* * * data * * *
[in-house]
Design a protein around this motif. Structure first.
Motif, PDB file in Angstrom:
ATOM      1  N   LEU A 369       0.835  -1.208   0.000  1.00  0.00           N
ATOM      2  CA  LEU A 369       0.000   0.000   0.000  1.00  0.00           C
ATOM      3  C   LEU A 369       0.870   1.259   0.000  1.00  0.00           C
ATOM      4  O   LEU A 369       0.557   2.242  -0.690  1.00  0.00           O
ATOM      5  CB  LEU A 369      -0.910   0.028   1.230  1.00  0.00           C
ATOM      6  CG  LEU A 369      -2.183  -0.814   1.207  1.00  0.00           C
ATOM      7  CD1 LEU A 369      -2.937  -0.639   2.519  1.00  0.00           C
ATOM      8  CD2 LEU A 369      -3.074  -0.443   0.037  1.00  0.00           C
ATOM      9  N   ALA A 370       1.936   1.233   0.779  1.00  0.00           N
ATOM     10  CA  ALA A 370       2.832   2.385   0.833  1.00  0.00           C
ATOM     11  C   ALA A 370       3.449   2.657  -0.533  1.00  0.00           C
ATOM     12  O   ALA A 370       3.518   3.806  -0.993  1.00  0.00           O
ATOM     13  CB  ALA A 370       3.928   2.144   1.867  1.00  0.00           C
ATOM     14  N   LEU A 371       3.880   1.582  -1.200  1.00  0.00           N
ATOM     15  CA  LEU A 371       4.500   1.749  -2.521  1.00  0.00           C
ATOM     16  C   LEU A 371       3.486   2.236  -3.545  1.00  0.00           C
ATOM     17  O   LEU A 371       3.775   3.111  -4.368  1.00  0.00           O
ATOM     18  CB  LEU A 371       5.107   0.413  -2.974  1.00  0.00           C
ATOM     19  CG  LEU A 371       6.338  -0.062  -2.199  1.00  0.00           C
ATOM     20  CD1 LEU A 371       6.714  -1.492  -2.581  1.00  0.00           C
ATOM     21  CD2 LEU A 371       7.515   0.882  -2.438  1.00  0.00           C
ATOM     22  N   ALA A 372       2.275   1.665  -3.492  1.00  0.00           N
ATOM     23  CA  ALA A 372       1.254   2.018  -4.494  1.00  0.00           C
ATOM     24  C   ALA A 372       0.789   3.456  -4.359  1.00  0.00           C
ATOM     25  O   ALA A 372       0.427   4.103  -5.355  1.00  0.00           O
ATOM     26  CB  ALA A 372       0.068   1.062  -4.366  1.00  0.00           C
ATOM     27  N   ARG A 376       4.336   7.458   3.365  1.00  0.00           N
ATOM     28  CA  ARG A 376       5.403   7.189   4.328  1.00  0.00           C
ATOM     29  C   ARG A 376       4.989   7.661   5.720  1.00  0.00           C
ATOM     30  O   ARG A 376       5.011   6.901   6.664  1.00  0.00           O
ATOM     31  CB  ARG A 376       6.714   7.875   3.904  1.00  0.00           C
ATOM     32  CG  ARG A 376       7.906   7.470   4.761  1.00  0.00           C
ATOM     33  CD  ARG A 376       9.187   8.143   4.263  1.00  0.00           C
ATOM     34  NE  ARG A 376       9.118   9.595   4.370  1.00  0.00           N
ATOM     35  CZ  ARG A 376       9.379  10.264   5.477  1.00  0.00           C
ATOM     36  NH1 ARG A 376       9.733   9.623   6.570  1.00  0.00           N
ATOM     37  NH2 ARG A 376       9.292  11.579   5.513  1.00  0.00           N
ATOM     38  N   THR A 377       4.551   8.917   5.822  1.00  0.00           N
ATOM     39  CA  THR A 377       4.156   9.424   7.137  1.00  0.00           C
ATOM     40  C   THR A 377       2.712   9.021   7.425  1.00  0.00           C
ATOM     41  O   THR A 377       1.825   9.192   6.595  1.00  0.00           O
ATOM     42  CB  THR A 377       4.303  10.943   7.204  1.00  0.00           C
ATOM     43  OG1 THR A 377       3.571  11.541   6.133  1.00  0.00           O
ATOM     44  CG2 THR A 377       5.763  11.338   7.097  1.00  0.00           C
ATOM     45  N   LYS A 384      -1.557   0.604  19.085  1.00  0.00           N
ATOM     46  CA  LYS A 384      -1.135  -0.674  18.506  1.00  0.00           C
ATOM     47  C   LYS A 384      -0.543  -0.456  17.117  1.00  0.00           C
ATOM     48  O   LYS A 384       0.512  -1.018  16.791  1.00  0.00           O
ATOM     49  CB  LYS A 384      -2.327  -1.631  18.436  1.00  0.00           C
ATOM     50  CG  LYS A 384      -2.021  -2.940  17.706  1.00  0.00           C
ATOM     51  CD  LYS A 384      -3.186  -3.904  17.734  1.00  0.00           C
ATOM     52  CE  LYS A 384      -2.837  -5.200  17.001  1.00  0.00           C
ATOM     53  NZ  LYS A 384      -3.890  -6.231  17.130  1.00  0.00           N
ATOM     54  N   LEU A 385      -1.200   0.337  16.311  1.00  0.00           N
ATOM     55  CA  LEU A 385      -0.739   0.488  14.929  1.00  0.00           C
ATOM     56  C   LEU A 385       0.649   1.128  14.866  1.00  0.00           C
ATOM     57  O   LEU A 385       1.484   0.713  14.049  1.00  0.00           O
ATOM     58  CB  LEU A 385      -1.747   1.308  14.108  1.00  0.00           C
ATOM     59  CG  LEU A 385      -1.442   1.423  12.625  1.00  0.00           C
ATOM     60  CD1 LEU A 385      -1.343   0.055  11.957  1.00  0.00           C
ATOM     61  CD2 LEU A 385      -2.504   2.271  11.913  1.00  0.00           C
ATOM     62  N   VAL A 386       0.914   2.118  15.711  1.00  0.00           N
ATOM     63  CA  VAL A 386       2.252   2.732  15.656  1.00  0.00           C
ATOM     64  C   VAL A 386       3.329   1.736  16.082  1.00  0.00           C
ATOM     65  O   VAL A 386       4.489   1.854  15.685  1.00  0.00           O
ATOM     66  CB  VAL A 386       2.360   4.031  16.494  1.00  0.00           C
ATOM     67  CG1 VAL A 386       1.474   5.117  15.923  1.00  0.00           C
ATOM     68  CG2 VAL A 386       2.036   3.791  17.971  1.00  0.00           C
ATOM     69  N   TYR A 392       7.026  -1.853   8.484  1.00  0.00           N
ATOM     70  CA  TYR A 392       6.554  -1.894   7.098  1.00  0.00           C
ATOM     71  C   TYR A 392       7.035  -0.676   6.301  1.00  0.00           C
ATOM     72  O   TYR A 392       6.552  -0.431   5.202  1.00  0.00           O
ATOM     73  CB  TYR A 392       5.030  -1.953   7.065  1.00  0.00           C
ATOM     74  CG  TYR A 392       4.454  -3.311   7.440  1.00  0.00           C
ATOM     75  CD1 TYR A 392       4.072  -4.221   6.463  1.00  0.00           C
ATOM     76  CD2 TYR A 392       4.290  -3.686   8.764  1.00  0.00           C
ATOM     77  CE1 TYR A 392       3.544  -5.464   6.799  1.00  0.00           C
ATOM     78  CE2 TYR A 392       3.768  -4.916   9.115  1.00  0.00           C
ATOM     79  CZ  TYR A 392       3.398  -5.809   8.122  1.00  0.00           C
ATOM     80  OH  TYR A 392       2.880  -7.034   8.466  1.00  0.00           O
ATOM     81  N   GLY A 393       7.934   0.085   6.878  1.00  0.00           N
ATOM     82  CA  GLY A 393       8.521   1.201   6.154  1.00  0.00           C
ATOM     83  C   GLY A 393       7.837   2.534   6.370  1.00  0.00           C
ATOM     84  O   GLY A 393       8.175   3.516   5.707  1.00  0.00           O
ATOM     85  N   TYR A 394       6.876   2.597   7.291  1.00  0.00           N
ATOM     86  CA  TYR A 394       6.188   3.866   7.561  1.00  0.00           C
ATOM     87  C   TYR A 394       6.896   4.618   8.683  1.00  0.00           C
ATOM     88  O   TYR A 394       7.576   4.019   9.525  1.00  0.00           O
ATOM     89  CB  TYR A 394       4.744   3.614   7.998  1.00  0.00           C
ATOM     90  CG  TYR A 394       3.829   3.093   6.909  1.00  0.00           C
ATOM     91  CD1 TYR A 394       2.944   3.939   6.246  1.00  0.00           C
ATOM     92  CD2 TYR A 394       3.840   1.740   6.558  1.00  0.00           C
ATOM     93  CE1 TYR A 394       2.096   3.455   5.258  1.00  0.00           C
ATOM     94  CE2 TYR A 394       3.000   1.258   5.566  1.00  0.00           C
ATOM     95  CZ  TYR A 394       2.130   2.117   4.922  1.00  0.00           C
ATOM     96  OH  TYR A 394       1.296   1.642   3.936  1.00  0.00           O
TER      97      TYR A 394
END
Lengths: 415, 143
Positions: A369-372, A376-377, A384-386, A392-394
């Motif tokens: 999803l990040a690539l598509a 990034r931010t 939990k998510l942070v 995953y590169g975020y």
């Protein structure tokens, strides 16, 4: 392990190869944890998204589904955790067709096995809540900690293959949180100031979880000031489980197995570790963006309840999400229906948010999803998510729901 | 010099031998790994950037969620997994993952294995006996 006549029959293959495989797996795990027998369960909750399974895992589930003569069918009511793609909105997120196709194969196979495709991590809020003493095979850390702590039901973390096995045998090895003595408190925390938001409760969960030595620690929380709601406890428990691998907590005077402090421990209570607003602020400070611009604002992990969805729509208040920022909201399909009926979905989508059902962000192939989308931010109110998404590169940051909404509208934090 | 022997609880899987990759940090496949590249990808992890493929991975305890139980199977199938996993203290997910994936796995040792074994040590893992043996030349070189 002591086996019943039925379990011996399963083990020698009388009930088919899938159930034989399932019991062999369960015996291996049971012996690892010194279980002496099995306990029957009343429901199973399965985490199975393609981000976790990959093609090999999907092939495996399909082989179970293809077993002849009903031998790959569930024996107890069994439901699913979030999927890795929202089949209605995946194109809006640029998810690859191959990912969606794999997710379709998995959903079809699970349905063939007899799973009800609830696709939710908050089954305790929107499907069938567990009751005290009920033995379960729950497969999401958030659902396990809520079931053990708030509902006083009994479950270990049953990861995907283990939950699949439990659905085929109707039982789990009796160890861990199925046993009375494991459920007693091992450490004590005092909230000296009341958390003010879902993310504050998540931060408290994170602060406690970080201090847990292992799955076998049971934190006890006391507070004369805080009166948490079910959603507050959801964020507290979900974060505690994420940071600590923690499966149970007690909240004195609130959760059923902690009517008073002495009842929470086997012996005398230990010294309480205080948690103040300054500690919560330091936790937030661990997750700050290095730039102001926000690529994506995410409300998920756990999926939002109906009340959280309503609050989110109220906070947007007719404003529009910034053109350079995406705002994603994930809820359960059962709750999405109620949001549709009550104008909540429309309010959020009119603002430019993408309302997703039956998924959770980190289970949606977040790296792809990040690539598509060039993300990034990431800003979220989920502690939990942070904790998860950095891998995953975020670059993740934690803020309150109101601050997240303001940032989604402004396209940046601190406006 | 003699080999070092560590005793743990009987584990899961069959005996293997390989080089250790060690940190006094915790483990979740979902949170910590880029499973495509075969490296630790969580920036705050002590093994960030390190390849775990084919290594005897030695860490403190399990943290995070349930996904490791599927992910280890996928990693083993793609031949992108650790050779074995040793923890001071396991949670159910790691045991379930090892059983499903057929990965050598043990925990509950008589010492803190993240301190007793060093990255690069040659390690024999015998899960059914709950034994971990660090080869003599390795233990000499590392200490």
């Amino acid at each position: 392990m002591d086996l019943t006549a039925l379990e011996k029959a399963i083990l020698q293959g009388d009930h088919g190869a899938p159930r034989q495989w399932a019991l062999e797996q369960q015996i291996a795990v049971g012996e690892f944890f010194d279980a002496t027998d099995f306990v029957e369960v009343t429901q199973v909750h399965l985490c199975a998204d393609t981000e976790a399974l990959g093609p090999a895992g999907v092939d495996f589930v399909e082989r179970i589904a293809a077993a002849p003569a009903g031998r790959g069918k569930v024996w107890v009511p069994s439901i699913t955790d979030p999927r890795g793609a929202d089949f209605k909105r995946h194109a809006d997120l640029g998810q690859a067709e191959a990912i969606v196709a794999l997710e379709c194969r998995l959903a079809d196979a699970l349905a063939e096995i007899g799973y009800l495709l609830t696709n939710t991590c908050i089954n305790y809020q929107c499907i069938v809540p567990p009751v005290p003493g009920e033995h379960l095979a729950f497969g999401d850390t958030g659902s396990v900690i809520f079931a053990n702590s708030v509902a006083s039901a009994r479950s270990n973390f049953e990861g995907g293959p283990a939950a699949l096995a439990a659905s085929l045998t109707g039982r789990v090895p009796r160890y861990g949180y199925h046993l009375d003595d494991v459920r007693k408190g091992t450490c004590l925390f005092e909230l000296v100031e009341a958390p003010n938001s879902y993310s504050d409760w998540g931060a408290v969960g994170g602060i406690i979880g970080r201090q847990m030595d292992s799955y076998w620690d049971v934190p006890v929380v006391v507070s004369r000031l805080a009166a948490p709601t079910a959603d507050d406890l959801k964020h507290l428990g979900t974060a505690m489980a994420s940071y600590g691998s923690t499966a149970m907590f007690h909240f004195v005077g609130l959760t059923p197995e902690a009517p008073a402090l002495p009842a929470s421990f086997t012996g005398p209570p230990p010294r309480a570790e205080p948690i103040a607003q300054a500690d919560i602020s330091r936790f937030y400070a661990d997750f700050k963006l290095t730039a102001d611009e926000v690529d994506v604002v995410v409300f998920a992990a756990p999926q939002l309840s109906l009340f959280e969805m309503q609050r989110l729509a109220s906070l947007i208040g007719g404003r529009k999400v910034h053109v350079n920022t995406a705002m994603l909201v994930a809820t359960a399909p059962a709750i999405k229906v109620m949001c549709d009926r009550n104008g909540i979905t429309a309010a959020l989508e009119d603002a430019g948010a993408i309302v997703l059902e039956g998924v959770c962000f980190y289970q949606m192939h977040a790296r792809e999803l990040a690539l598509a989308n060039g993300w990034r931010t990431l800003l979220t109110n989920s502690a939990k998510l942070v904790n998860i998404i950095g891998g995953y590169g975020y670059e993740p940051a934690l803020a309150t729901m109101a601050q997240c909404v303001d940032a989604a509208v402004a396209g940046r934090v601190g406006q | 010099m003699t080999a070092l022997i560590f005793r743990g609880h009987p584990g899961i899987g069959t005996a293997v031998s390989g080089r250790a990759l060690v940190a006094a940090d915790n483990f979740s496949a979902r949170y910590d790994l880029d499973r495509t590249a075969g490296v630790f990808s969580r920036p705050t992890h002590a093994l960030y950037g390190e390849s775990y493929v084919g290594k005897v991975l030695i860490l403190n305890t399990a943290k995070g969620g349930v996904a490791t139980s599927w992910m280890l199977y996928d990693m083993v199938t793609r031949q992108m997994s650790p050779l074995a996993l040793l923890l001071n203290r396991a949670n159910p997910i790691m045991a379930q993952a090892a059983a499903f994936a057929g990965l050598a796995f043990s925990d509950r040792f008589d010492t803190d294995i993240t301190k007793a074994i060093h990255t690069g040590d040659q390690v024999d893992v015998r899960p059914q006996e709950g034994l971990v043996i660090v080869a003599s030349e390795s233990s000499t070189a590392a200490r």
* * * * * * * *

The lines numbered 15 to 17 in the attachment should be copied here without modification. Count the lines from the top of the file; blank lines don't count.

ATOM     12  O   ALA A 370       3.518   3.806  -0.993  1.00  0.00           O
ATOM     13  CB  ALA A 370       3.928   2.144   1.867  1.00  0.00           C
ATOM     14  N   LEU A 371       3.880   1.582  -1.200  1.00  0.00           N